- #1

kenewbie

- 239

- 0

**Function "uniqueness"..**

Ok, pardon the complete lack of terminology here.

I can define a function with one parameter such that no two different inputs give the same output. Example:

f(x) = x + 1

No value of x gives the same result as another value of x.

I believe that it is impossible to define a function which accepts two parameters, yet retains this property of "uniqueness". Am I correct? Is there a name for what I am trying to describe?

I'm pretty sure I am correct, but I have no idea how to prove it.

Lets say I have a function

f(a,b) = k

where k is some sort of calculation.

if k is arithmetic, i can break the uniqueness by doing the calculation outside f, and then feeding 0 as one of the parameters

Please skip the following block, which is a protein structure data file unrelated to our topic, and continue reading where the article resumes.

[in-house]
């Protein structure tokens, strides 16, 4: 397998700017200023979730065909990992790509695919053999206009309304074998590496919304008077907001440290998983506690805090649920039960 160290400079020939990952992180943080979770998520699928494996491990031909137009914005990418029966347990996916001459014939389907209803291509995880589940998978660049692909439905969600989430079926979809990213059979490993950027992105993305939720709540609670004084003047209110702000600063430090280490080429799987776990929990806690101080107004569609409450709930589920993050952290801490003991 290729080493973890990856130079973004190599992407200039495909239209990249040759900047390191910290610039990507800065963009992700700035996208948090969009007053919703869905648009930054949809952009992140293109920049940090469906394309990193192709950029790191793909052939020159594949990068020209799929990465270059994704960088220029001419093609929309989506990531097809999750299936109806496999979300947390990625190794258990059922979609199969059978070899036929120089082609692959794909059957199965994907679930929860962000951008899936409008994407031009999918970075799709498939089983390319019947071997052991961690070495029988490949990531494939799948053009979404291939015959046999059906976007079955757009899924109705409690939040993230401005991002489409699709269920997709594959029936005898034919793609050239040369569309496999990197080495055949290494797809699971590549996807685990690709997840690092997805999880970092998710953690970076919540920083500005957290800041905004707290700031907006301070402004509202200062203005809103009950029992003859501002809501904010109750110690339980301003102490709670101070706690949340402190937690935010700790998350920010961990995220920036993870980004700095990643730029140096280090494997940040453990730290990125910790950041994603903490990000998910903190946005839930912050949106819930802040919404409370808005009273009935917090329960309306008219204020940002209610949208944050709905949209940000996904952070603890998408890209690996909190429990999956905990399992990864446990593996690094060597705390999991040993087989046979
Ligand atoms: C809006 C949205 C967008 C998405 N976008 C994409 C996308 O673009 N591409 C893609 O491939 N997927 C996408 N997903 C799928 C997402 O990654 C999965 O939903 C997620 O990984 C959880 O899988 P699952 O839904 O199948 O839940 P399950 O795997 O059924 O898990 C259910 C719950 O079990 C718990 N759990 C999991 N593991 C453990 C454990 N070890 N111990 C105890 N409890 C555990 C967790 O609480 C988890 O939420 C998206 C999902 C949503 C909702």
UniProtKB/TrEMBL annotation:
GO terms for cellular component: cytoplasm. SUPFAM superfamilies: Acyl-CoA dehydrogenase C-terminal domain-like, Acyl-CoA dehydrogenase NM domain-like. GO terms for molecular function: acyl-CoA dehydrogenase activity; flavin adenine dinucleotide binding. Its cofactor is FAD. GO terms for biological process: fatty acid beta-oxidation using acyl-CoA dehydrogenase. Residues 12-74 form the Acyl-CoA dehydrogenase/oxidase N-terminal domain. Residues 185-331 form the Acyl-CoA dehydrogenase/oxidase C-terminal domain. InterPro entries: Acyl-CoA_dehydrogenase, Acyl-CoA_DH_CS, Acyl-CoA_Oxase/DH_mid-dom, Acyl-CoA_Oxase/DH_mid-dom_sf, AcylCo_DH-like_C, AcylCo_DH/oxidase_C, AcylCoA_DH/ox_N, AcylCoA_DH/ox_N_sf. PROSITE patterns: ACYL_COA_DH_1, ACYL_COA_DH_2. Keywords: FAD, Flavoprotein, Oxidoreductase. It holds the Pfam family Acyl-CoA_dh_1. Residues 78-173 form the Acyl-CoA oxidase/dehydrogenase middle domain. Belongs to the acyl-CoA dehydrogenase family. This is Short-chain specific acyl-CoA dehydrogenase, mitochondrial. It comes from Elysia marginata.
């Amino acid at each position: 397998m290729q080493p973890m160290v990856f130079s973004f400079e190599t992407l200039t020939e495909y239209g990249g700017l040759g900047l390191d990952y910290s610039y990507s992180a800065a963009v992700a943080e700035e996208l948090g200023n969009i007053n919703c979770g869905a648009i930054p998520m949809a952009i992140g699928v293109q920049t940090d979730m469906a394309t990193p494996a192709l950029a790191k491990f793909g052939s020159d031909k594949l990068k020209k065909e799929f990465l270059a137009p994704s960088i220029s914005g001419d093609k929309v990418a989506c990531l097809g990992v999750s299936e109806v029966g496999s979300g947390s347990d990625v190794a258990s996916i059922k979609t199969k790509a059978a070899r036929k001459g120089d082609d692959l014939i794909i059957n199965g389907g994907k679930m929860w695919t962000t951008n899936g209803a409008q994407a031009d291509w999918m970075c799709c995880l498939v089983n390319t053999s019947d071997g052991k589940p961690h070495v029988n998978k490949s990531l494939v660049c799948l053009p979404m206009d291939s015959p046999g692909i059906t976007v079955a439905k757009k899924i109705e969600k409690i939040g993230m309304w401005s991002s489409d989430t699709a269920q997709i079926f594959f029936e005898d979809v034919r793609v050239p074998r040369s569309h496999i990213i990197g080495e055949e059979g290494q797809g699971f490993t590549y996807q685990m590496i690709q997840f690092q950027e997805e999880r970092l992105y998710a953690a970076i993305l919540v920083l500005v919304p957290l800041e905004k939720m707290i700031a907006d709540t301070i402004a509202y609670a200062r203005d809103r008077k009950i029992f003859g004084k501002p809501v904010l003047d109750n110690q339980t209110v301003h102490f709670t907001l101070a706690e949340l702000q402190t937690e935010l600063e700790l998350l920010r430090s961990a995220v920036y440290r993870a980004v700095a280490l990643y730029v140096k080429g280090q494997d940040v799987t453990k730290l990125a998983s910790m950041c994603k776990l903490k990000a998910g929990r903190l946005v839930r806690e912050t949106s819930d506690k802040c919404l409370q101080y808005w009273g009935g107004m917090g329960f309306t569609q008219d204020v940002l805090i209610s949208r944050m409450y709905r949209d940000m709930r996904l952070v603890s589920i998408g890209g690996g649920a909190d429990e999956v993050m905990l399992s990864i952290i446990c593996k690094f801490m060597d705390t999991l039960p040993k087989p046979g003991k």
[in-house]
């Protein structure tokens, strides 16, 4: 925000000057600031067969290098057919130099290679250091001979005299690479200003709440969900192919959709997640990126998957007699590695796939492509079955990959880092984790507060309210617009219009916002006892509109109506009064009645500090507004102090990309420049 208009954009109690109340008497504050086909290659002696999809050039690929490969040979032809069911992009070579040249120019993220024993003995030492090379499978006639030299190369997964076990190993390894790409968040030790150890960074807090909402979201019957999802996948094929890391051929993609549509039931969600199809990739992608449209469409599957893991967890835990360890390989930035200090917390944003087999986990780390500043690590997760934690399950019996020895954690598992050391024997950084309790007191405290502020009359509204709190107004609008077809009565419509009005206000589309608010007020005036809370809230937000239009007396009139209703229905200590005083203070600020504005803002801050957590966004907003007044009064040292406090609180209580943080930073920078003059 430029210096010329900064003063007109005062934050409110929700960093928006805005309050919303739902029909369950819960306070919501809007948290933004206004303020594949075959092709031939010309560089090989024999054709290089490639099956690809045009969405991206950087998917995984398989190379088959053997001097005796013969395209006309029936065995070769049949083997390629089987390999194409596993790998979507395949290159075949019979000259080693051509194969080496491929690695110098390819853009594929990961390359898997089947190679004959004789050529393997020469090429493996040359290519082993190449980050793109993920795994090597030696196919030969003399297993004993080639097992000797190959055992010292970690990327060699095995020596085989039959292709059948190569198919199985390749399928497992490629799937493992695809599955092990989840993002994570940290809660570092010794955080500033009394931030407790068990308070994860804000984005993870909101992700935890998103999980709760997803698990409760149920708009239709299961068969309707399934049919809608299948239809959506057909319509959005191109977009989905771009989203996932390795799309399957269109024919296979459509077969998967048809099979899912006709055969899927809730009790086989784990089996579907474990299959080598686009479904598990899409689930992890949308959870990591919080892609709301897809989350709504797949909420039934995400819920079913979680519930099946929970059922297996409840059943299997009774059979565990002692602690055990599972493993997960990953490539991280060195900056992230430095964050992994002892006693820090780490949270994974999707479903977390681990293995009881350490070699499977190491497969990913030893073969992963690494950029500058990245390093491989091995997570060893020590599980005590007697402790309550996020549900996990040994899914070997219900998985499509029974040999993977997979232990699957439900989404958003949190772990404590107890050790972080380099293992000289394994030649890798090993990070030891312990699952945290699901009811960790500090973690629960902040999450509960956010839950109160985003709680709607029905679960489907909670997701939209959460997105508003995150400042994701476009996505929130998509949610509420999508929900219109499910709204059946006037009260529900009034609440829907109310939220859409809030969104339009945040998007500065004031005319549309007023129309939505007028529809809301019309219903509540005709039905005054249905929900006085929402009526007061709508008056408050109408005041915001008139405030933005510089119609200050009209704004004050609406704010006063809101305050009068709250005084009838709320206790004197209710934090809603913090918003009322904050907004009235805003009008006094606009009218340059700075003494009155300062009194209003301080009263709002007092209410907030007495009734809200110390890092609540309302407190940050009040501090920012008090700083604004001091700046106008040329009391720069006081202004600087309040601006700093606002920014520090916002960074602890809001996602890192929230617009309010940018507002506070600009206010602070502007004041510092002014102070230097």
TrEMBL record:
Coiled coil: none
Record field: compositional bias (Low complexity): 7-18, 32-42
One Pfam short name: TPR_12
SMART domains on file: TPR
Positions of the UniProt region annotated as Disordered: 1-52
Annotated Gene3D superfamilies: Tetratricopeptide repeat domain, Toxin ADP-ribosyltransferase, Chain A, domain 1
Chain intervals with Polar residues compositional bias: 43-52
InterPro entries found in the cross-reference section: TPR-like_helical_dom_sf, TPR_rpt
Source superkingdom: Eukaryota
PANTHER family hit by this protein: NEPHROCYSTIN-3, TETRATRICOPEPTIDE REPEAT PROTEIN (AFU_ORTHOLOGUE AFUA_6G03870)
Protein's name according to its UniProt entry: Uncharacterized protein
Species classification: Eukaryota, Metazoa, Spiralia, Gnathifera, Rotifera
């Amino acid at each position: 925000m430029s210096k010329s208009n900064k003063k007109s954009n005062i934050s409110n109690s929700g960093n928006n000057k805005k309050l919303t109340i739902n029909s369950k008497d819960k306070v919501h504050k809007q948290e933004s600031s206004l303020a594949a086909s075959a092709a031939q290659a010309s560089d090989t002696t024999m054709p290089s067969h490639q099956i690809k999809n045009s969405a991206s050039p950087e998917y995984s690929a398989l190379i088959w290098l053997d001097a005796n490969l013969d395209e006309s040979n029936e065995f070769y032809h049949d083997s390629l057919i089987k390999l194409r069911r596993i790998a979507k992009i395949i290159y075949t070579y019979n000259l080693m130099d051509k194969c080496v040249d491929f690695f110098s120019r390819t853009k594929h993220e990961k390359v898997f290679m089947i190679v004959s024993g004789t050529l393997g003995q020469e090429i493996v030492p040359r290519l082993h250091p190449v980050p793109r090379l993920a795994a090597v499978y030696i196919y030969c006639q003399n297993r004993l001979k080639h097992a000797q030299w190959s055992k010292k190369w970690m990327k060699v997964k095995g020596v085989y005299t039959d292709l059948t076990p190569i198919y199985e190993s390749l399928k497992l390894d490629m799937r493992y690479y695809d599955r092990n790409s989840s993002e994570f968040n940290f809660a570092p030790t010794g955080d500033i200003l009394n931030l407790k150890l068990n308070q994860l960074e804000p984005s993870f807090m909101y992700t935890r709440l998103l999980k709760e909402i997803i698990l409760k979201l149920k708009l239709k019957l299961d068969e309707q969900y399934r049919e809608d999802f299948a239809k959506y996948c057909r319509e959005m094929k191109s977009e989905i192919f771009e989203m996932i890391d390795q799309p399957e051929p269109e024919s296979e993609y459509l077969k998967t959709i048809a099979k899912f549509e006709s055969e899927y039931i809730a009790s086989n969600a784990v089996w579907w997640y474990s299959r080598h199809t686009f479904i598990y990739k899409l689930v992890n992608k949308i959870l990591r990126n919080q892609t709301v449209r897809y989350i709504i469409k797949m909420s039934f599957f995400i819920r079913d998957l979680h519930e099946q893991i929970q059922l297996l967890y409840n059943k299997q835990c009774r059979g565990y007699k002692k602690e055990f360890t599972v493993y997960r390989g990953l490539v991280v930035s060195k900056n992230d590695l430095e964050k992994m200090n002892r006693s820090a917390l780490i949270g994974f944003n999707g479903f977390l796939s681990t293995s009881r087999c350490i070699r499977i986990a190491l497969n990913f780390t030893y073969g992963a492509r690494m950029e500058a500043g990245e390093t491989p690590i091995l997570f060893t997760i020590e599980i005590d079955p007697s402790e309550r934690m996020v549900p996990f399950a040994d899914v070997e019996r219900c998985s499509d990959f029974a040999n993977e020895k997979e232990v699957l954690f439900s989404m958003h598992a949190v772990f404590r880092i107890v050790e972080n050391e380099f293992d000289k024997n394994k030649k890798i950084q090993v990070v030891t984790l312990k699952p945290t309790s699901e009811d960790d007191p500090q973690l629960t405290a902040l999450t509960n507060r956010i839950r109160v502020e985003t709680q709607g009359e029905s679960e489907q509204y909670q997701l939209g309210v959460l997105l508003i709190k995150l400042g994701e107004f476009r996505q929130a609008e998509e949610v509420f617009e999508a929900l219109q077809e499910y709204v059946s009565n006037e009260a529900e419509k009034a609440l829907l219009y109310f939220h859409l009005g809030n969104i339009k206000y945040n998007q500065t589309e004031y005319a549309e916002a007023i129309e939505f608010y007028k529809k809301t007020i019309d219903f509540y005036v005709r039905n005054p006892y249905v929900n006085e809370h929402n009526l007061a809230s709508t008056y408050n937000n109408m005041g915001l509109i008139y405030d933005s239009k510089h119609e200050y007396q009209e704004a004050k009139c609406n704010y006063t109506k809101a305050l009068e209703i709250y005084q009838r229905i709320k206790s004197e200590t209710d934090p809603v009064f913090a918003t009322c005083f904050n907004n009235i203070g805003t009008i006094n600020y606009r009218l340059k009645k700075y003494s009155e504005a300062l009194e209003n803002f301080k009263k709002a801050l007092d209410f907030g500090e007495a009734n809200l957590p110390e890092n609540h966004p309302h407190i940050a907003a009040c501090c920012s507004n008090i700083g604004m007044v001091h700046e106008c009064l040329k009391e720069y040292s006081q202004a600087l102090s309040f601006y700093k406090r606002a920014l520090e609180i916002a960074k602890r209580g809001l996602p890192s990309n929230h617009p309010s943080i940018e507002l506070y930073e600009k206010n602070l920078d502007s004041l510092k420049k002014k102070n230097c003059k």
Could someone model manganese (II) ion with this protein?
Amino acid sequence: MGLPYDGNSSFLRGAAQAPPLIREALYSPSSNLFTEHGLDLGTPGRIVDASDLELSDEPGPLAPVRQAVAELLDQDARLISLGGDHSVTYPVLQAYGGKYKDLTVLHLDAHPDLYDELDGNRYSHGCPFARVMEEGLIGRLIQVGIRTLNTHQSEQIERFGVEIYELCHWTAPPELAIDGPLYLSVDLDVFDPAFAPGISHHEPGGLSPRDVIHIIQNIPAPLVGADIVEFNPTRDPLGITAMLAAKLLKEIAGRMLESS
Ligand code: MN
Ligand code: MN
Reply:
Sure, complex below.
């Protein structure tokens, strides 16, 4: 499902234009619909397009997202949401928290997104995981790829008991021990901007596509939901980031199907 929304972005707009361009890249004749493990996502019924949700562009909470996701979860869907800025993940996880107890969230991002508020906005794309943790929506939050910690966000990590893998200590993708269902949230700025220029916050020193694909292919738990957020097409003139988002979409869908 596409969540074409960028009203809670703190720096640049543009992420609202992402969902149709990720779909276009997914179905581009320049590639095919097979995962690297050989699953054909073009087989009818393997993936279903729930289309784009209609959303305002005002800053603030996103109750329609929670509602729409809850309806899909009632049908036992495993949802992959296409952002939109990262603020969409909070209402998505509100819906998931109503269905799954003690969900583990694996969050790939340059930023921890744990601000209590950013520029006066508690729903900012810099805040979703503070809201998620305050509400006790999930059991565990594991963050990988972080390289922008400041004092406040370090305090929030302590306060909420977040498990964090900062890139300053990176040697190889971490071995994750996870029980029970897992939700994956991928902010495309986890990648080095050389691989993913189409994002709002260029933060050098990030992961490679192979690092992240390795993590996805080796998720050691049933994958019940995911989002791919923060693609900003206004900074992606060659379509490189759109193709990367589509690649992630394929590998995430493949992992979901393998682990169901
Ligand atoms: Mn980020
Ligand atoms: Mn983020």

f(a,b) = k = f(k,0)

if k is geometric I can do the same as above, only pass 1 instead of 0. Outside of these two classes of functions (and the trivial one where a or b is omitted in the calculation of the function) I can't seem to find a good way of proving myself.

Proving this for more and more "classes of calculations" seem futile, I'm not even sure everything can be categorized as neatly as arithmetic and geometric functions can. There might be a better way of going about this?

All feedback is welcome.

k

Last edited: